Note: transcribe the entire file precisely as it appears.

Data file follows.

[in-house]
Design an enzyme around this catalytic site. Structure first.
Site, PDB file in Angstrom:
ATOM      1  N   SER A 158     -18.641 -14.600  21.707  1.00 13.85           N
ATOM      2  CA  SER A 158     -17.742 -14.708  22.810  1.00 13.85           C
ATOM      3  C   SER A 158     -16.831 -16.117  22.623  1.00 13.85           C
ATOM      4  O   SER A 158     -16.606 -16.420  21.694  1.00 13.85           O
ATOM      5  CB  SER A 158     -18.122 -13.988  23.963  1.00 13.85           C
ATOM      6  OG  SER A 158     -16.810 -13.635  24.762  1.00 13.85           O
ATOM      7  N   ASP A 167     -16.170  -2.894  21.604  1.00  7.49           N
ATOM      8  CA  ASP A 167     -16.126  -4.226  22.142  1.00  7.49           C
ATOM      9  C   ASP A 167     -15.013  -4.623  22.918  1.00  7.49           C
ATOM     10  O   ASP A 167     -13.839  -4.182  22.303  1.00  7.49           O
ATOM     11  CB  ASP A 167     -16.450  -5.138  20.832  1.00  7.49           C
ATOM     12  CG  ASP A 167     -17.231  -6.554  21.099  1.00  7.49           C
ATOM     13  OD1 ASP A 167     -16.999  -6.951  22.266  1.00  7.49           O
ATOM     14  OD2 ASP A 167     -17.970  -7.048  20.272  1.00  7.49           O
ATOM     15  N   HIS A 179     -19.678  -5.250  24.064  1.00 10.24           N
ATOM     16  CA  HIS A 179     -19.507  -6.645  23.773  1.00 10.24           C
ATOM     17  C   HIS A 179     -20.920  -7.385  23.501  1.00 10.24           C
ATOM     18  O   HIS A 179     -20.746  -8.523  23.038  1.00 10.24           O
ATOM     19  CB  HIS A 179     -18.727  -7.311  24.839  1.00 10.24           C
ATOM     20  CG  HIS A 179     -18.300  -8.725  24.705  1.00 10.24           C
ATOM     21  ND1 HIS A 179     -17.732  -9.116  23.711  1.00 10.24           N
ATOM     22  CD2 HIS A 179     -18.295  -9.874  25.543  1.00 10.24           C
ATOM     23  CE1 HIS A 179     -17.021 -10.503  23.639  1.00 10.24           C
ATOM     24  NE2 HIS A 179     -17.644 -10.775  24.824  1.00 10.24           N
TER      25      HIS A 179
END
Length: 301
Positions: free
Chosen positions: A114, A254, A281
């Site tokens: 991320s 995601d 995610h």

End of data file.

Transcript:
[in-house]
Design an enzyme around this catalytic site. Structure first.
Site, PDB file in Angstrom:
ATOM      1  N   SER A 158     -18.641 -14.600  21.707  1.00 13.85           N
ATOM      2  CA  SER A 158     -17.742 -14.708  22.810  1.00 13.85           C
ATOM      3  C   SER A 158     -16.831 -16.117  22.623  1.00 13.85           C
ATOM      4  O   SER A 158     -16.606 -16.420  21.694  1.00 13.85           O
ATOM      5  CB  SER A 158     -18.122 -13.988  23.963  1.00 13.85           C
ATOM      6  OG  SER A 158     -16.810 -13.635  24.762  1.00 13.85           O
ATOM      7  N   ASP A 167     -16.170  -2.894  21.604  1.00  7.49           N
ATOM      8  CA  ASP A 167     -16.126  -4.226  22.142  1.00  7.49           C
ATOM      9  C   ASP A 167     -15.013  -4.623  22.918  1.00  7.49           C
ATOM     10  O   ASP A 167     -13.839  -4.182  22.303  1.00  7.49           O
ATOM     11  CB  ASP A 167     -16.450  -5.138  20.832  1.00  7.49           C
ATOM     12  CG  ASP A 167     -17.231  -6.554  21.099  1.00  7.49           C
ATOM     13  OD1 ASP A 167     -16.999  -6.951  22.266  1.00  7.49           O
ATOM     14  OD2 ASP A 167     -17.970  -7.048  20.272  1.00  7.49           O
ATOM     15  N   HIS A 179     -19.678  -5.250  24.064  1.00 10.24           N
ATOM     16  CA  HIS A 179     -19.507  -6.645  23.773  1.00 10.24           C
ATOM     17  C   HIS A 179     -20.920  -7.385  23.501  1.00 10.24           C
ATOM     18  O   HIS A 179     -20.746  -8.523  23.038  1.00 10.24           O
ATOM     19  CB  HIS A 179     -18.727  -7.311  24.839  1.00 10.24           C
ATOM     20  CG  HIS A 179     -18.300  -8.725  24.705  1.00 10.24           C
ATOM     21  ND1 HIS A 179     -17.732  -9.116  23.711  1.00 10.24           N
ATOM     22  CD2 HIS A 179     -18.295  -9.874  25.543  1.00 10.24           C
ATOM     23  CE1 HIS A 179     -17.021 -10.503  23.639  1.00 10.24           C
ATOM     24  NE2 HIS A 179     -17.644 -10.775  24.824  1.00 10.24           N
TER      25      HIS A 179
END
Length: 301
Positions: free
Chosen positions: A114, A254, A281
């Site tokens: 991320s 995601d 995610h």